Estimated reading time: 6 minutes
Change. This six-letter word can either create panic or elicit excitement.
And both responses depend on how the change is presented, communicated, and validated.
Change in the church can be a difficult thing to sell.
Members get comfortable, employees settle into a routine, and leadership often settles for the status quo.
However, change is necessary for a church that is growing, thriving, and making a difference in its community.
Either can have the same results for those who are impacted by the change – depending on how the need for change is communicated.
For instance, if an employee’s job responsibilities need to be modified, it is essential to consider how the decision to make that change will impact the employee.
It is the leadership’s responsibility to help stakeholders accept and embrace a necessary change.
6 Tips for Managing Change in the Church
1. Think About the Impact
As leaders, we sit in planning meetings and get excited about the next new thing.
We “get” why a change is necessary and get excited about pushing a new initiative.
However, most changes impact people.
Think about how the proposed change will impact key stakeholders – employees, volunteers, or members.
For instance, think about the stakeholders and answer the question, “How will this change impact me”?
Once you can answer that question, you can address any issues impacting possible resistance to what you are trying to do.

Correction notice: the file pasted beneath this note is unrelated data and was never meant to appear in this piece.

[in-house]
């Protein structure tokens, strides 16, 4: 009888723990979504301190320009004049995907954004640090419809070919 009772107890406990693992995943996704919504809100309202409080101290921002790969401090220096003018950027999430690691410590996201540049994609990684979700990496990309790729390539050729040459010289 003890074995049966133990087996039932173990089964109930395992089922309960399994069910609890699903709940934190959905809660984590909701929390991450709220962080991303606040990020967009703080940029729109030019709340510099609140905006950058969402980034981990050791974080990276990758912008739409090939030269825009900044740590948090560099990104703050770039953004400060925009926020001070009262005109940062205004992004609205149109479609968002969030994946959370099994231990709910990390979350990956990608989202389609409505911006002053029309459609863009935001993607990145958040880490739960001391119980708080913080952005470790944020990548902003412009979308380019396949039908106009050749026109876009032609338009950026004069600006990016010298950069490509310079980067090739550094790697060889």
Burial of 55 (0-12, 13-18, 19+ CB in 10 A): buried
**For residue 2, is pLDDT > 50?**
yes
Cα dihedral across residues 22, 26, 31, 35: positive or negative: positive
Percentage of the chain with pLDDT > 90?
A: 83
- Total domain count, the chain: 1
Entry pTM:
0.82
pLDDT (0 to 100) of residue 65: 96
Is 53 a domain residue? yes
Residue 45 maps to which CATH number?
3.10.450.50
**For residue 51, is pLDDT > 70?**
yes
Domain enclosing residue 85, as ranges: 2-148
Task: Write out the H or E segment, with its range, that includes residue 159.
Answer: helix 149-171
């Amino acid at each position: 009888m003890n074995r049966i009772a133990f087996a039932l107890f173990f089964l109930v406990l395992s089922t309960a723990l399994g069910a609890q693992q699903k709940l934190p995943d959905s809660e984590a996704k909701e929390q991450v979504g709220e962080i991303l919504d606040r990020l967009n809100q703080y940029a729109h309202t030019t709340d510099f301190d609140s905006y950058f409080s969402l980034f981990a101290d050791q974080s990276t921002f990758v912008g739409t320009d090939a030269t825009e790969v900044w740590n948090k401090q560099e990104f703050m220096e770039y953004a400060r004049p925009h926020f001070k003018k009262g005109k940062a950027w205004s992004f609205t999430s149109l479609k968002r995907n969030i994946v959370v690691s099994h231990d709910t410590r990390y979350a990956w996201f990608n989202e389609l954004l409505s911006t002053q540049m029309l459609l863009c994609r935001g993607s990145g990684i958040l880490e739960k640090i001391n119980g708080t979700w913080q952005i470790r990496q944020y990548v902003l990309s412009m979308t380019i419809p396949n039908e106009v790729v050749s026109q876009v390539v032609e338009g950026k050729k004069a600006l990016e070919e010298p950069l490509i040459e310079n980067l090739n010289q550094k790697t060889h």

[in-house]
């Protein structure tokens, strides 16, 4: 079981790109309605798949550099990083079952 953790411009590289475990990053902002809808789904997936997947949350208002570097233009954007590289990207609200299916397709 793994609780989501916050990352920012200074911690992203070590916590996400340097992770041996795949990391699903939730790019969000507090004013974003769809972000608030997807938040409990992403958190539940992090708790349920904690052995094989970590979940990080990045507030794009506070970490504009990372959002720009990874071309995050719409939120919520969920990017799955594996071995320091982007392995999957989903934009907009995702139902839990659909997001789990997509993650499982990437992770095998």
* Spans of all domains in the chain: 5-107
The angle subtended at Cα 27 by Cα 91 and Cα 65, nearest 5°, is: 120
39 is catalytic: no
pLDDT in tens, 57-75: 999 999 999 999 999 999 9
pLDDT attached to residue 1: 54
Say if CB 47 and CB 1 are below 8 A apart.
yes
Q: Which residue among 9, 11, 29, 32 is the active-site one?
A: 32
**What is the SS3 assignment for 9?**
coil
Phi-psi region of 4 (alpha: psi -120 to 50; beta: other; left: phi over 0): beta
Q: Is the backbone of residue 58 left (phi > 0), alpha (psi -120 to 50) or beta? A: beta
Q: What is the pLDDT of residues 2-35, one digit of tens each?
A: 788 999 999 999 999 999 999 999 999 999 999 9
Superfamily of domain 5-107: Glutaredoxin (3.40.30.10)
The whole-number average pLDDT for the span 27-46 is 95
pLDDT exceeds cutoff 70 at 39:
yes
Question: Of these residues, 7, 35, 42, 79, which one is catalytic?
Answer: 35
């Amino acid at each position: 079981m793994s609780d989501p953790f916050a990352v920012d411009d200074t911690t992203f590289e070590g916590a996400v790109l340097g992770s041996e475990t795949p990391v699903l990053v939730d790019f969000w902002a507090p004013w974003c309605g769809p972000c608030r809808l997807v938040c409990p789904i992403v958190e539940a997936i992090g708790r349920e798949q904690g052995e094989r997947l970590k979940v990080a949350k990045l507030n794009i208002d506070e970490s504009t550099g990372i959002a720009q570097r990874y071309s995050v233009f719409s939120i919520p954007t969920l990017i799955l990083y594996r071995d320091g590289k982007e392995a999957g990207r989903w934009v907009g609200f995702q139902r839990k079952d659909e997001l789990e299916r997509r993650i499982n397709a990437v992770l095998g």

The more effectively you can answer those questions. The easier it will be for people to embrace change.
2. Organize a Change Management Team
Recruit a team of employees, members, and volunteers who can help manage the initiative.
Include team members with diverse perspectives and expertise to ensure all populations are represented.
For instance, if you are changing the software used to manage Children’s Ministry, you might want to include someone from the IT Department and representatives from the Children’s Ministry.
Encourage everyone’s involvement and listen to any concerns they might have. Allow them the opportunity to provide feedback and use their experience to help resolve problems or issues that might arise during implementation.
The goal is to have team members who can champion the changes with the goal of increasing buy-in and commitment to the change.
3. Communicate, Communicate, Communicate
One of the biggest mistakes organizations make when rolling out change initiatives is announcing the change and then going silent.
Be deliberate in communicating the reasons for the change and the benefits of the initiative, and then tie it all back to the church’s mission.
As church leaders, we need to give stakeholders (employees, volunteers, or members) time to absorb the new information, understand the reason for the change, and come to terms with the inevitable.
Be present during this transition by being available to answer questions, clarify intent, and support those who may be struggling with the change.
Create a timeline and offer ongoing updates as details are implemented. Address concerns as soon as you learn of them. No detail is too small to share as a major change unfolds.
4. Articulate Why a Change is Necessary
People get comfortable and set in their ways, and it is often difficult for them to accept a change unless they understand the reasons behind these important decisions.